Why is Cybersecurity Critical for Small Businesses?

It’s not uncommon for small and mid-sized organizations to minimize their cybersecurity investments. Operating on tight budgets, decision-makers sometimes believe hackers are more likely to target larger corporations with a treasure trove of digital assets. But truth be told, cybercriminals would rather take advantage of vulnerable small and mid-sized operations with seemingly weak defenses. Consider the following statistics regarding small and mid-sized companies.

• Small and mid-sized organizations sustain 43 percent of all data breaches.

• More than 60 percent of these companies report being targeted at least once.

• Significant cyberattacks resulted in 40 percent shutting down for a full workday.

• There were more than 800,000 cyberattacks in 2021 alone.

Upwards of 83 percent of small and mid-sized companies are not financially prepared to weather a cyberattack, and 91 percent fail to purchase liability coverage. Compounding the multi-level vulnerabilities, 43 percent do not have a cybersecurity plan.

In terms of cybersecurity defenses, small and mid-sized businesses are the low-hanging fruit a hacker halfway around the world wants to take advantage of. At Sedulous, we understand that If entrepreneurs and other decision-makers are going to avert online disasters, they need to understand cybersecurity and the schemes bad actors deploy.

What is Cybersecurity?

It’s essential for business owners to understand that cybersecurity runs much deeper than purchasing the latest antivirus product. It involves protecting digital assets housed in hardware and the Cloud across various devices. The very laptops, smartphones, and work-from-anywhere connectivity that level the competitive playing field also create pathways for hackers to infiltrate networks and steal valuable information.

Determined cybersecurity tasks company leaders with developing multi-pronged defenses. Given the relatively modest budgets of small operations, the goal may not necessarily be to make massive capital investments. By working with Sedulous, a cost-effective cybersecurity plan can be developed. Once implemented, a cybersecurity plan of action can eliminate the perception you are the low-hanging fruit. That means garden variety hackers will spend their time and energy looking elsewhere for an easy mark.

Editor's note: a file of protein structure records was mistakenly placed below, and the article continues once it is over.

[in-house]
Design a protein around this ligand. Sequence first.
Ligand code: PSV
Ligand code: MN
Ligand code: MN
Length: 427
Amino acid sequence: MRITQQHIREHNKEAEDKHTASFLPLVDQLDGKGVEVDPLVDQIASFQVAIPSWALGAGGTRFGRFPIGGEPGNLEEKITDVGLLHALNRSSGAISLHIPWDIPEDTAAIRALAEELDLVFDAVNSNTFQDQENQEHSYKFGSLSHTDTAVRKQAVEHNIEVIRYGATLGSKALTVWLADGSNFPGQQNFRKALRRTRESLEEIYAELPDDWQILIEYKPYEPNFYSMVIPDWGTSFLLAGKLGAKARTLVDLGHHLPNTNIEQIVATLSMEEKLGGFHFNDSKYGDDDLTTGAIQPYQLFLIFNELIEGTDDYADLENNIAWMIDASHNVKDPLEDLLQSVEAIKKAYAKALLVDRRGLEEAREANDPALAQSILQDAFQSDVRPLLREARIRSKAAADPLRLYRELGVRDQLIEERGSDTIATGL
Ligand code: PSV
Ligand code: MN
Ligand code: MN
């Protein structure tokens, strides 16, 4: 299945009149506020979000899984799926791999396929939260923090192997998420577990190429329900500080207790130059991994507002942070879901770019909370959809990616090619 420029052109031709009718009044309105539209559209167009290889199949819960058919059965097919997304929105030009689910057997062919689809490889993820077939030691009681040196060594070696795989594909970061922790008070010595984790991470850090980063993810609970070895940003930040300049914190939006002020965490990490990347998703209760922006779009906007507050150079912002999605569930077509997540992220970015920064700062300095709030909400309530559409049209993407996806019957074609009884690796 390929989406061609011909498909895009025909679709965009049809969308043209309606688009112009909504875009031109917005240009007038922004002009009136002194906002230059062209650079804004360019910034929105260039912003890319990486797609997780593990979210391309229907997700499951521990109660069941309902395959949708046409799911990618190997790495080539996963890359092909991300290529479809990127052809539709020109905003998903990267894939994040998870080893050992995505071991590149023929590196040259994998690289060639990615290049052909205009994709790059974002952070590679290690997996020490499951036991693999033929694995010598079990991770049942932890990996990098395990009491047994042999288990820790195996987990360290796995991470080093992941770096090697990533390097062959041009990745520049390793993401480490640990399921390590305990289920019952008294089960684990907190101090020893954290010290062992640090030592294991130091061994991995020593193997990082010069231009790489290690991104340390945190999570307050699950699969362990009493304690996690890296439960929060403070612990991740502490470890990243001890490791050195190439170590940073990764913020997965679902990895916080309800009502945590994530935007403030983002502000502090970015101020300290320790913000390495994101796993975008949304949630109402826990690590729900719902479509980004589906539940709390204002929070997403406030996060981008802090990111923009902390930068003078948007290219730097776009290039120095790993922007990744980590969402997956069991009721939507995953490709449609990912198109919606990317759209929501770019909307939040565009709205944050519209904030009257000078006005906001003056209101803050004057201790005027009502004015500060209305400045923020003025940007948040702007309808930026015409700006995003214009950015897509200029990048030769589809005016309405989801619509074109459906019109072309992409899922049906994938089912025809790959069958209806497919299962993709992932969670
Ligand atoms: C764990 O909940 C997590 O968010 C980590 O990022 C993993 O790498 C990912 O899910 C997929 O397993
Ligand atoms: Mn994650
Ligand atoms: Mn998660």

Methods Hackers Use To Breach Business Systems

Although the small business community remains at risk, it’s important to understand how hackers choose their targets. We all see the splashy headlines about multi-million hacks that large corporations and federal government agencies suffer. The nefarious individuals who pull off those heists are usually highly skilled, intelligent, and well-funded persistent threats. Many are part of an underground cybercrime syndicate, and they go after big paydays. These are not necessarily the individuals targeting small and mid-sized operations.

Rather, low-level hackers and some with average skills usually cast a wide net and wait for someone to make a misstep. These are commonly deployed methods used by hackers who are inclined to target startups and mom-and-pop operations.

• Phishing: This method involves sending thousands of emails and other electronic messages. Some are laced with malware or entice the recipient to take some action. Once a malicious link is clicked on or a file is downloaded, the hacker infiltrates a network and pilfers off digital assets. This remains the preferred method of hackers when targeting small businesses.

• Spear Phishing: A more sophisticated cybercriminal may do some homework about you or your employees to create a more convincing message. It’s stunning how much personal information can be lifted from social media and professional platforms. Using this information, a skilled hacker tries to convince someone a file or link is legitimate. Again, they assume control over your network once someone falls for the deception.